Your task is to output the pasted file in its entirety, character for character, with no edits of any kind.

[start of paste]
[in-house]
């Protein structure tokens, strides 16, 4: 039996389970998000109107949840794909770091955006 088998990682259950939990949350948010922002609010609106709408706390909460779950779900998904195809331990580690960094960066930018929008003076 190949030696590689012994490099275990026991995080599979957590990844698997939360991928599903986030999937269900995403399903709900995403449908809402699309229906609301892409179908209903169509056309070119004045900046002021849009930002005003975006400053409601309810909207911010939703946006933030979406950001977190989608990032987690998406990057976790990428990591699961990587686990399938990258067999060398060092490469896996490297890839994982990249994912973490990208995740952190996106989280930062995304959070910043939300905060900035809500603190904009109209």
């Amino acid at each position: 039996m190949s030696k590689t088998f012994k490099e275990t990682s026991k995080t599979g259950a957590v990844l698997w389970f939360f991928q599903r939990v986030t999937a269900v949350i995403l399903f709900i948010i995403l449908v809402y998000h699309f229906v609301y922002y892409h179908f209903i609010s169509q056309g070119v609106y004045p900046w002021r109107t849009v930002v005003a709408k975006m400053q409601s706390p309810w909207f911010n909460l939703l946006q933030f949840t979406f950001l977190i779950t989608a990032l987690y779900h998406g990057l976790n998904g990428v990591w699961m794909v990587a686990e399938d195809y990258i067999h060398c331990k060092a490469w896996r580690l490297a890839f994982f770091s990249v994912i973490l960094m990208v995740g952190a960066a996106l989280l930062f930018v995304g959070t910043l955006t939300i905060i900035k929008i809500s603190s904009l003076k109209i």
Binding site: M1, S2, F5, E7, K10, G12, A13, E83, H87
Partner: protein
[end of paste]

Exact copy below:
[in-house]
């Protein structure tokens, strides 16, 4: 039996389970998000109107949840794909770091955006 088998990682259950939990949350948010922002609010609106709408706390909460779950779900998904195809331990580690960094960066930018929008003076 190949030696590689012994490099275990026991995080599979957590990844698997939360991928599903986030999937269900995403399903709900995403449908809402699309229906609301892409179908209903169509056309070119004045900046002021849009930002005003975006400053409601309810909207911010939703946006933030979406950001977190989608990032987690998406990057976790990428990591699961990587686990399938990258067999060398060092490469896996490297890839994982990249994912973490990208995740952190996106989280930062995304959070910043939300905060900035809500603190904009109209």
């Amino acid at each position: 039996m190949s030696k590689t088998f012994k490099e275990t990682s026991k995080t599979g259950a957590v990844l698997w389970f939360f991928q599903r939990v986030t999937a269900v949350i995403l399903f709900i948010i995403l449908v809402y998000h699309f229906v609301y922002y892409h179908f209903i609010s169509q056309g070119v609106y004045p900046w002021r109107t849009v930002v005003a709408k975006m400053q409601s706390p309810w909207f911010n909460l939703l946006q933030f949840t979406f950001l977190i779950t989608a990032l987690y779900h998406g990057l976790n998904g990428v990591w699961m794909v990587a686990e399938d195809y990258i067999h060398c331990k060092a490469w896996r580690l490297a890839f994982f770091s990249v994912i973490l960094m990208v995740g952190a960066a996106l989280l930062f930018v995304g959070t910043l955006t939300i905060i900035k929008i809500s603190s904009l003076k109209i």
Binding site: M1, S2, F5, E7, K10, G12, A13, E83, H87
Partner: protein